Ancestry UK

County Bridewell, Sherborne, Dorset

A County Bridewell, or House of Correction, was probably in existence in Sherborne (or Sherborn) by 1741, when large repairs and rebuilding were carried out by local mason Benjamin Bastard.

In 1784, John Howard described it as:

Four rooms, two for each sex, but only one day-room and one court. Keeper has a large garden: salary, £40: fees, 13s. 4d. no table. Allowance, a three-penny loaf in two days (weight in Sep. 1774, 1 lb. 15oz. now a half-quartern loaf, in Aug. 1782, 2 lb. 3oz.). No employment. The keeper formerly told me he had spoken in behalf of his sick prisoners to the clerk of the peace, who said "he thought the late act did not extend to bridewells," but now a surgeon is appointed.—There were 26 committed to this prison in 1779,—31 in 1780,—and 45 in 1781.

The justices have very judiciously provided for the relief of prisoners going to different quarter sessions. Their order, dated 12th April 1774, is as follows.

Sherborn, Dorset. The great inhumanity that frequently happens unto the several prisoners—conveyed to the different quarter sessions to be tryed by the walking loaded with heavy irons—being taken into consideration—it is the resolution and order of this court that for the future the gaol-keeper and bridewell-keeper shall provide for one prisoner only a horse, for two or more a convenient cart or carriage for the conveying them: and to be allowed the sum of three pence per mile for one person; for two or more the sum of six pence a mile &c.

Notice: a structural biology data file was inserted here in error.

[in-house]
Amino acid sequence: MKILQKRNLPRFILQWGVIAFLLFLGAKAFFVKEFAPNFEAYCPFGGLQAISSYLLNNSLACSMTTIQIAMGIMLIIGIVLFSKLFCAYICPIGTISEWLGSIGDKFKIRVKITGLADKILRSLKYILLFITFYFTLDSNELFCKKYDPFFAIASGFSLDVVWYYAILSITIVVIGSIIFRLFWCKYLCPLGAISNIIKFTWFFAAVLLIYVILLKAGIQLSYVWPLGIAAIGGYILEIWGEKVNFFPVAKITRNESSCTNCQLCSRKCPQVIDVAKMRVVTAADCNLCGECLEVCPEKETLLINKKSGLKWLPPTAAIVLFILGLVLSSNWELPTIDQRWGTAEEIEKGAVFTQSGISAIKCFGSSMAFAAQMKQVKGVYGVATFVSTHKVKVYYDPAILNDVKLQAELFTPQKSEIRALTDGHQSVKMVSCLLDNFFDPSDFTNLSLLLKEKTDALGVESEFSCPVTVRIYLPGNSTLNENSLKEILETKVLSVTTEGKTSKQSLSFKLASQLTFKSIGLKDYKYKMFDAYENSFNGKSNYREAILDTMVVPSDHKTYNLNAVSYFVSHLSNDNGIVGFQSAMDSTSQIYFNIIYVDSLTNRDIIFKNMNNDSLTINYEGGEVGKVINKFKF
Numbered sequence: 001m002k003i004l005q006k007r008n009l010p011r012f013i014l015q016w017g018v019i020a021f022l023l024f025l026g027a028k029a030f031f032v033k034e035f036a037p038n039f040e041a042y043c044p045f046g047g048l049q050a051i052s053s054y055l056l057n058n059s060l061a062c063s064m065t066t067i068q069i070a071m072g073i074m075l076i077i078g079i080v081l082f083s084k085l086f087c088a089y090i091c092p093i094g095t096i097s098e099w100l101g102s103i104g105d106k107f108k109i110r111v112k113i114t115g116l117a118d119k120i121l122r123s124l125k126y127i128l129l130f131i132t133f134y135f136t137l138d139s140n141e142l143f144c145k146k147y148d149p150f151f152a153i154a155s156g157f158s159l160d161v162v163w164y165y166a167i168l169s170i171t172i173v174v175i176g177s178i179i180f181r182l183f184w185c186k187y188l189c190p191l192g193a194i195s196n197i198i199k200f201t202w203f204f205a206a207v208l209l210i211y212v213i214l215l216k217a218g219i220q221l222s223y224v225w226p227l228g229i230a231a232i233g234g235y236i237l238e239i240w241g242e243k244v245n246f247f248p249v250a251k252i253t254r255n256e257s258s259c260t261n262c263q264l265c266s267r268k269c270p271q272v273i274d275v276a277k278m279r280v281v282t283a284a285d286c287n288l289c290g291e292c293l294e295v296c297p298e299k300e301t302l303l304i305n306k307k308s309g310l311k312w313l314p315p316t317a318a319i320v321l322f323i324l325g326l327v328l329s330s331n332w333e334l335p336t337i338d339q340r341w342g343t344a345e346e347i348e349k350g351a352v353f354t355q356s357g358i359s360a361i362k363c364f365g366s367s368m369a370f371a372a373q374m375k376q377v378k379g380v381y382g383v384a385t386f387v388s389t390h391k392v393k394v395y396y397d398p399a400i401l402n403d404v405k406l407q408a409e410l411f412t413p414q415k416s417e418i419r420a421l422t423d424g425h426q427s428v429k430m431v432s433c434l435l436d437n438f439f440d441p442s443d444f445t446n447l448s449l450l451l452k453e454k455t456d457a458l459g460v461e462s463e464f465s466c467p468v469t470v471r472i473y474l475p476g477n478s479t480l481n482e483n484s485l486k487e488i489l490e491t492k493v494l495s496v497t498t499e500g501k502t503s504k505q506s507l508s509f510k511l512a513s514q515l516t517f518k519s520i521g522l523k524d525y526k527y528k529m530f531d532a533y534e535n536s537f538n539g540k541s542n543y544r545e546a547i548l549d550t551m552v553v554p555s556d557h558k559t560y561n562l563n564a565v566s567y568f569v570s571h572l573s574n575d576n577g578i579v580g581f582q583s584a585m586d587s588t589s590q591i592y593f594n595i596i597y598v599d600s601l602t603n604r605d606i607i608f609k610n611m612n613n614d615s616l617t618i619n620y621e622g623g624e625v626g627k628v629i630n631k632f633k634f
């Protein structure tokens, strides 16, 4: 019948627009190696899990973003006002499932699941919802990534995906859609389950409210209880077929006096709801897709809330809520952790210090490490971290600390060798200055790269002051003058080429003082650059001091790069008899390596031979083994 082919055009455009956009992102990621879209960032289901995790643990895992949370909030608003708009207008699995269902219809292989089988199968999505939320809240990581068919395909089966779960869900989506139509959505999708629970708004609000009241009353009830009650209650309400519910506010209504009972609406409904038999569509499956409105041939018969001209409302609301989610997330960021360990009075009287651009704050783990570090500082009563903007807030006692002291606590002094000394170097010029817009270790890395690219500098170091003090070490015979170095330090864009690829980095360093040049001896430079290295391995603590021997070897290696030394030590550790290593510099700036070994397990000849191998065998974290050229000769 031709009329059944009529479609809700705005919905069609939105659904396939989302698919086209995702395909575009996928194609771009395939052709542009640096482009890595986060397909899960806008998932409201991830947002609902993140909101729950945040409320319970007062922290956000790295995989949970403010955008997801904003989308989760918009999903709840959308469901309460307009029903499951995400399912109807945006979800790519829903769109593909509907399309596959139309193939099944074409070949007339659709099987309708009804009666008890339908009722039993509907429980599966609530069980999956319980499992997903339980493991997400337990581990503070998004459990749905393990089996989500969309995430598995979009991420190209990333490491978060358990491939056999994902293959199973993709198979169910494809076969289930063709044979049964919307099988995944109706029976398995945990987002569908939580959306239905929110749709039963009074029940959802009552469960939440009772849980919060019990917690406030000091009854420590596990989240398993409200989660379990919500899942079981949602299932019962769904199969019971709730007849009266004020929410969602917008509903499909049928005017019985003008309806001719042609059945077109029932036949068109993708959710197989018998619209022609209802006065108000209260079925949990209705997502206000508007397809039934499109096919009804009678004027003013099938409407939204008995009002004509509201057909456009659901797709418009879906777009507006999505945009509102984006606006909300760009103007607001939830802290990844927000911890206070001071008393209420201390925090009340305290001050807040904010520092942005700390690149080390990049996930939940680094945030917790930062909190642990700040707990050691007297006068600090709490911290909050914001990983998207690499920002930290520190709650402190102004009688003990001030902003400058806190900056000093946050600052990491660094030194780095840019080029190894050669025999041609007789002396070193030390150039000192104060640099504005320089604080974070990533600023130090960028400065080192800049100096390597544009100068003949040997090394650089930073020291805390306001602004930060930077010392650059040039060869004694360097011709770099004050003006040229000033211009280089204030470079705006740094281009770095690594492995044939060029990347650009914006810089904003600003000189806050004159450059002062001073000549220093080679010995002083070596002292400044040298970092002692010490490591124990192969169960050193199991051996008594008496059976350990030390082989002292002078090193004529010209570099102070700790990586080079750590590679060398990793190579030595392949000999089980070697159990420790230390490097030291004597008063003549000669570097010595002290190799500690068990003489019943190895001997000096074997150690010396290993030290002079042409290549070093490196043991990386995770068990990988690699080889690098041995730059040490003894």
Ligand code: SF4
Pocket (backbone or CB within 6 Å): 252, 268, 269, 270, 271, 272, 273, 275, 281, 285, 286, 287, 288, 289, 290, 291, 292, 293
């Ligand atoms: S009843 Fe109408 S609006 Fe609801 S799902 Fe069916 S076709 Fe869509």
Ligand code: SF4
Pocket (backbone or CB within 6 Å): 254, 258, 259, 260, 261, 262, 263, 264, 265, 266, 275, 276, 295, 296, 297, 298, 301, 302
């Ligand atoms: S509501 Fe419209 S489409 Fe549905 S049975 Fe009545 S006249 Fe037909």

1774, Sep. 22,Prisoners 9.
1779, Feb. 6,2
1782, Aug. 2,13

By 1789, the bridewell had moved into new accommodation, as again reported by John Howard:

A new prison. Passages too narrow (three feet): cells too low; some not eight feet high: the women's rooms will be very close, a high wall being only six feet distant from the front: no employment. Those committed to hard labour are locked up in solitary cells, and out only one hour in a day, which seems to be, in several places, the magistrates' mode of curing the prisoners of their habits of idleness. Allowance, a threepenny loaf every other day (weight 2lb. 3oz.). Keeper a sheriff's officer. Salary £40. 1788, July 2, Prisoners 9.

The prison was closed in 1793 and its function taken on by the county bridewell at Dorchester.


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  • Prison Oracle - resources those involved in present-day UK prisons.
  • GOV.UK - UK Government's information on sentencing, probation and support for families.